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(Tribune file photo) Utah football coach Kyle Whittingham says inner city athletes recruited and signed by the Utes have had mostly good experiences. For those who don't, he says, it's often a matter of bad luck.
Utah football: Bye gives Ute coaches chance to recruit
Utah notes » They’ll check in on commits, scout prospects across the country
First Published Nov 01 2013 01:52 pm • Last Updated Nov 01 2013 11:30 pm

Utah’s coaches are earning their frequent flyer miles this weekend, as they take advantage of the bye week to check in on recruits.

The coaches will be all over the country with visits planned to Florida, California, Arizona, Louisiana, Nevada and Texas.

At a glance

Utah vs. Arizona State

Saturday, Nov. 9, 2 p.m.

TV: Pac-12 Networks

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Utah coach Kyle Whittingham will stay close to home and take in some of the local prep games.

The Utes are hoping to check on virtually every recruit they’ve offered as well as those who have committed, because commitments are nonbinding and more and more players are changing their minds during the recruiting process.

Whittingam, who cannot comment on specific recruits according to NCAA rules, said his staff is putting an emphasis on skill players for their 2014 class.

"We need perimeter players on both sides of the ball," he said. "Without a doubt, that is our top priority."

Among the recruits the Utes are wooing are Lamar Parker, a receiver in Miami who has committed to West Virginia, receiver Barry Ware out of California, who has committed to UCLA, and Darren Gardenhire, a cornerback out of California who has committed to San Jose State.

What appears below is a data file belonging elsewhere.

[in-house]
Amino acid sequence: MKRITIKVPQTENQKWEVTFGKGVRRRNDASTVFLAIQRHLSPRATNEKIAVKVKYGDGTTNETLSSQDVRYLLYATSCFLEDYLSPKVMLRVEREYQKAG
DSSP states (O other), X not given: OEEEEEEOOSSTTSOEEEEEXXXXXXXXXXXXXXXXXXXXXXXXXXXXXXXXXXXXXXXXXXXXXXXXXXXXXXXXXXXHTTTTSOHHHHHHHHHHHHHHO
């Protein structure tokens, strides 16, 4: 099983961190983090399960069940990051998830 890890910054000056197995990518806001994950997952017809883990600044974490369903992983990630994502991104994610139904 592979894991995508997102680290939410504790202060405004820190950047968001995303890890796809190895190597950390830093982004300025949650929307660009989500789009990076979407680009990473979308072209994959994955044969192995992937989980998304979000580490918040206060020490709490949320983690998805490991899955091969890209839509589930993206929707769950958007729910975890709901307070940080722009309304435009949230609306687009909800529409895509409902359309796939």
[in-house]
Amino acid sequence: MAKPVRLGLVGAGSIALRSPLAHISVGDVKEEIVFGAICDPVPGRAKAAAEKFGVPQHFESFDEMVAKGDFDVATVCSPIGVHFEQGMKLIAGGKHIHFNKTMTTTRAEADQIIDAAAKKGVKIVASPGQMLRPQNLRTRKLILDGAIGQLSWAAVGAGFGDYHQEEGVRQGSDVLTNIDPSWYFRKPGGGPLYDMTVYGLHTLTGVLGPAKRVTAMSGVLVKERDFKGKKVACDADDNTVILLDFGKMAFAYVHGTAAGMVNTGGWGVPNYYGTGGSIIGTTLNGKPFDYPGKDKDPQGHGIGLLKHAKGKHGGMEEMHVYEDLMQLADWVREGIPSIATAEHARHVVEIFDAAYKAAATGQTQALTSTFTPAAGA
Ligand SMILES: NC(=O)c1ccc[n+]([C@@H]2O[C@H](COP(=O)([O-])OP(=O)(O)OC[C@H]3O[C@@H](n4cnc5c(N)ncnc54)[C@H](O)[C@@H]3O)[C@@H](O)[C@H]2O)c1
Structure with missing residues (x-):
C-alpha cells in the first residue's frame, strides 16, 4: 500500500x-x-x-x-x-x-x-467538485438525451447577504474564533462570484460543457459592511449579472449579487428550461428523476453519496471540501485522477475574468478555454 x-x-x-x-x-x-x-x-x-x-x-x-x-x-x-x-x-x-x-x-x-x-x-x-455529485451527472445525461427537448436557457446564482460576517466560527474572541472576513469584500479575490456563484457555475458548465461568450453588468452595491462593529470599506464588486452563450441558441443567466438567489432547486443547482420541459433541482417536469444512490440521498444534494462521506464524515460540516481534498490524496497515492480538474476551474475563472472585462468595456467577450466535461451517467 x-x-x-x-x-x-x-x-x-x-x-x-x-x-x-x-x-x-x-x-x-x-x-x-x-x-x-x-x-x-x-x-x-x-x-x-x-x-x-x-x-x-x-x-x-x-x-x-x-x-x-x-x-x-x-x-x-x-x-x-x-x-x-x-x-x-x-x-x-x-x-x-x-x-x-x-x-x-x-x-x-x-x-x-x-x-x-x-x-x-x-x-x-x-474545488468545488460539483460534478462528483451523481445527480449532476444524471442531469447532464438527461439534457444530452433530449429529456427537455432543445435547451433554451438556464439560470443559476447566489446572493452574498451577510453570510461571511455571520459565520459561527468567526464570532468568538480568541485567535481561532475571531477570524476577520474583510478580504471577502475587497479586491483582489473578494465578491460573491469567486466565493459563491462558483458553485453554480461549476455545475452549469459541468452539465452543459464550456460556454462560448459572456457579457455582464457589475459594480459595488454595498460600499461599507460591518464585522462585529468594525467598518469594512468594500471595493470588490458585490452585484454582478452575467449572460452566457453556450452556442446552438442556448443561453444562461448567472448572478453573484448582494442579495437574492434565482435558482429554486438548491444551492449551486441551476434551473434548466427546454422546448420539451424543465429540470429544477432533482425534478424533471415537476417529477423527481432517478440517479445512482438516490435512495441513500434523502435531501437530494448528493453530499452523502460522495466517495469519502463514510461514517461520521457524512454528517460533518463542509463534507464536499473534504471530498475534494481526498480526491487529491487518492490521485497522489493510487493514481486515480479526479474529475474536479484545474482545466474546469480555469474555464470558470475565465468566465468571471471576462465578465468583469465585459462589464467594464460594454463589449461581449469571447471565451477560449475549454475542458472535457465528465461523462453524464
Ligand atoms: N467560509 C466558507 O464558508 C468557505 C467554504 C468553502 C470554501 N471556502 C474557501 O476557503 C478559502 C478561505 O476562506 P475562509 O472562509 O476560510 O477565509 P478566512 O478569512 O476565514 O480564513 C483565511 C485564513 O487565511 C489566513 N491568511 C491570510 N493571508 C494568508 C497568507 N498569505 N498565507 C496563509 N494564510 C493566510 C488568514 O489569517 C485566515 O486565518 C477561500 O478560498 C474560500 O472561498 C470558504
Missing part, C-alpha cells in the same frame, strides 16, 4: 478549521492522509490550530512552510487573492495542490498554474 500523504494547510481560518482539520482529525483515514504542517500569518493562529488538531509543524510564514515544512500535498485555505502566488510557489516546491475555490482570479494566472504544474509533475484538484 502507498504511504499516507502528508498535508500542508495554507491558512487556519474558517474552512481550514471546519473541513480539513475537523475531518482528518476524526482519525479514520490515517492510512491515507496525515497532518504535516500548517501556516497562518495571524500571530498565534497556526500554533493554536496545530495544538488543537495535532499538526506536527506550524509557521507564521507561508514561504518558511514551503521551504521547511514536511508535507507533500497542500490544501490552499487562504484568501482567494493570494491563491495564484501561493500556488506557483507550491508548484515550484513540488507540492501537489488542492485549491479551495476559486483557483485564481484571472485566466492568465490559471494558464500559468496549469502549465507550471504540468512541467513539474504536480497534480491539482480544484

The Utes have 13 players on their commitment list, including Donovan Isom, a dual threat quarterback from Louisiana; Raelon Singleton, a receiver out of Texas; and Brandon Snell, a receiver out of Garden City Community College in Kansas.

Case of the dropsies

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Utah’s receivers have continued a bad habit in practice this week: dropping several catchable balls.

Whittingham is as exasperated as anyone over the mistakes.

"We just have to keep focusing on it," he said. "It has been an issue for us this year, and I don’t have a great answer other than we have to do a better job catching the football."

Emerging talent

Utah’s developmental players have been getting some extra attention during the bye week, as is customary for the Utes.

Whittingham likes what he sees out of the younger players. Those who are standing out to him include quarterbacks Brandon Cox and Conner Manning, as well as the offensive line.

"We’ve got four or five we are very pleased with," he said of the offensive line. "Hopefully, that will be a strength in the future."

As for the quarterbacks, Whittingham said Cox, a 6-2, 200-pound freshman out of Pasadena, Calif., has gotten stronger.

"That is a product of the weight room and a lot of growth," Whittingham said.

Defensively, junior Jason Fanaika, a 6-3, 270-pound transfer from Utah State, and Filipo Mokofisi, a 6-3, 250-pound freshman out of Woods Cross, have stood out, Whittingham said.

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